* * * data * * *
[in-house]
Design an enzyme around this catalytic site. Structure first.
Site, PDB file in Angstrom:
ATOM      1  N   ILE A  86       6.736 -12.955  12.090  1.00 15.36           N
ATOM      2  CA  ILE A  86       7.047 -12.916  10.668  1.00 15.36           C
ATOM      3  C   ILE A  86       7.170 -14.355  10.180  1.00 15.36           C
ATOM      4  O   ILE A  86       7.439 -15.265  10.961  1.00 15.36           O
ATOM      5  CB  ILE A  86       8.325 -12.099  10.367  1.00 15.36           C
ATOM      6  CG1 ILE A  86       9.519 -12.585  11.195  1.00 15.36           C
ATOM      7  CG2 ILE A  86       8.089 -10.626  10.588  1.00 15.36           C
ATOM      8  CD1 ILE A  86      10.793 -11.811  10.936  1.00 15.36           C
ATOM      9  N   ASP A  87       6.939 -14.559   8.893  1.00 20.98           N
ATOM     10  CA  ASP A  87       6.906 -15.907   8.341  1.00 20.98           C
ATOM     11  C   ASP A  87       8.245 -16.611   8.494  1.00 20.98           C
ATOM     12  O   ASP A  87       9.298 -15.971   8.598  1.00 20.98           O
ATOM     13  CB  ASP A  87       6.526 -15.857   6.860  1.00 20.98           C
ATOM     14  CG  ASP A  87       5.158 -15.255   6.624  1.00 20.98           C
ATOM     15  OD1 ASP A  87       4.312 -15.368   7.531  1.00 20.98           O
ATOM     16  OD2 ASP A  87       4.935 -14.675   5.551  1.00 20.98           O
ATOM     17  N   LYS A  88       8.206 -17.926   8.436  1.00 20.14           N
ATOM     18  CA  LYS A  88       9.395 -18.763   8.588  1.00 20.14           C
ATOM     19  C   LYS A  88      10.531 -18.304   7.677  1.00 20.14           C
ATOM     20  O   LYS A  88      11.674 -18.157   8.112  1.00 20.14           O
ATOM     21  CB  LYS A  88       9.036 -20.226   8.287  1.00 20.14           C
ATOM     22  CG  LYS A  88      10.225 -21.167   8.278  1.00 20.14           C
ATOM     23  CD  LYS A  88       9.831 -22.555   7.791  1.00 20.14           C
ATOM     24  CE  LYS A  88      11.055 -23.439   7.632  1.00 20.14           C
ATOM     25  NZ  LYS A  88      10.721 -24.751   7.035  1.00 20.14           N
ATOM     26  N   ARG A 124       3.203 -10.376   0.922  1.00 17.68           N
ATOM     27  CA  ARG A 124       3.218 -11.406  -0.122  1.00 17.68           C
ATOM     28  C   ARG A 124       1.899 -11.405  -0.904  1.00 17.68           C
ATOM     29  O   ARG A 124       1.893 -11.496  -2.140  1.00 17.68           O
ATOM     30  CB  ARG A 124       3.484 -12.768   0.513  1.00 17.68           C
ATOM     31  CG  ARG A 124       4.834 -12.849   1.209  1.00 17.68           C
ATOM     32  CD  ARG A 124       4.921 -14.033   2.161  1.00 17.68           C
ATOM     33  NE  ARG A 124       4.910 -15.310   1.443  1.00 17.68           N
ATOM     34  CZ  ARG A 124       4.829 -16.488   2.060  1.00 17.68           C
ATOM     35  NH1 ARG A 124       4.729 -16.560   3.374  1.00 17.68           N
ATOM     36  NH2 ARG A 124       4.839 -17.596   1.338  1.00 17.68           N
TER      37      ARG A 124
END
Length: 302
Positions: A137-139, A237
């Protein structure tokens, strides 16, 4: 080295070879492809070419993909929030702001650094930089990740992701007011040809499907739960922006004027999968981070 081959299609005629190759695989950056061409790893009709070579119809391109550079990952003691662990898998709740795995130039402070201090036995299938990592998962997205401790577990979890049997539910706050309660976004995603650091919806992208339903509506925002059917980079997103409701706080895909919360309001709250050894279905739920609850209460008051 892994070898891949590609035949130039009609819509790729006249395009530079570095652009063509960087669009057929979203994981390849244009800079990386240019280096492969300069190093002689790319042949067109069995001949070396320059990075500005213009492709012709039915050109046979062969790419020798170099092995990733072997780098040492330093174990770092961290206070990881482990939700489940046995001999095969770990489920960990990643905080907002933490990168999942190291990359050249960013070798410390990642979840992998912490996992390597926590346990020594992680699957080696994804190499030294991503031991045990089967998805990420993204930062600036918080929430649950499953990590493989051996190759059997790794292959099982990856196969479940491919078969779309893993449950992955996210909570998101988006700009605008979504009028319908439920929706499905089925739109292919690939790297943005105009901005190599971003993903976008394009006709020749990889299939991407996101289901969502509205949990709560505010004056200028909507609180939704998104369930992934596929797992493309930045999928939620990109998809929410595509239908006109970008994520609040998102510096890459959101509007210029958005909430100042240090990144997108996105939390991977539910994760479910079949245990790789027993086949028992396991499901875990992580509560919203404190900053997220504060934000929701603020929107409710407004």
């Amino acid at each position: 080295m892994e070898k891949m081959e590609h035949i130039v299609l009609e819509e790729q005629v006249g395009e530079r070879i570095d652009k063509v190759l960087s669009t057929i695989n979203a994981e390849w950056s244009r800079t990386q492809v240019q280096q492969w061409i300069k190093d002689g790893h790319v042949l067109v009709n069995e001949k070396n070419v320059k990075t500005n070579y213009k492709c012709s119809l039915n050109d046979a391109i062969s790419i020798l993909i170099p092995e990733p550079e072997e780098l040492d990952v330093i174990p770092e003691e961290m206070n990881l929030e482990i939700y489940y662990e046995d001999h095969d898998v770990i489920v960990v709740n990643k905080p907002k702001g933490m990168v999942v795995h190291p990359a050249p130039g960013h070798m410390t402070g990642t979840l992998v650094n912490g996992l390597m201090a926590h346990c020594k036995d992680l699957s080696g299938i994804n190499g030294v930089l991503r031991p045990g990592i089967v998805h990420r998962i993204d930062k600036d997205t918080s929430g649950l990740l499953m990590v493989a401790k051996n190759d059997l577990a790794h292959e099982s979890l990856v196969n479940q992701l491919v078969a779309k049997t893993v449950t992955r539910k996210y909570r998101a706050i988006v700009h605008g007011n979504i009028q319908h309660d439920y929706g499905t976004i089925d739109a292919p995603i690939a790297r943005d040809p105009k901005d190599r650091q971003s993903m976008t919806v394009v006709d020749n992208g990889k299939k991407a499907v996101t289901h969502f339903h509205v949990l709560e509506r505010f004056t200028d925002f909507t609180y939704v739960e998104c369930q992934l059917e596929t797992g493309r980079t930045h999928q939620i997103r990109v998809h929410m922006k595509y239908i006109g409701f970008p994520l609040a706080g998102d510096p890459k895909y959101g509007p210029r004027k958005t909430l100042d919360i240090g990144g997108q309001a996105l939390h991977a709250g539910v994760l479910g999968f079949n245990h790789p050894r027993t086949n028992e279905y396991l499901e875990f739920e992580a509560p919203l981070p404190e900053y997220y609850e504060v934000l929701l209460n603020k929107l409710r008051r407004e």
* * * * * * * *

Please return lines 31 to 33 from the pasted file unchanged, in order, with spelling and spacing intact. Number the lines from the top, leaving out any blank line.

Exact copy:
ATOM     28  C   ARG A 124       1.899 -11.405  -0.904  1.00 17.68           C
ATOM     29  O   ARG A 124       1.893 -11.496  -2.140  1.00 17.68           O
ATOM     30  CB  ARG A 124       3.484 -12.768   0.513  1.00 17.68           C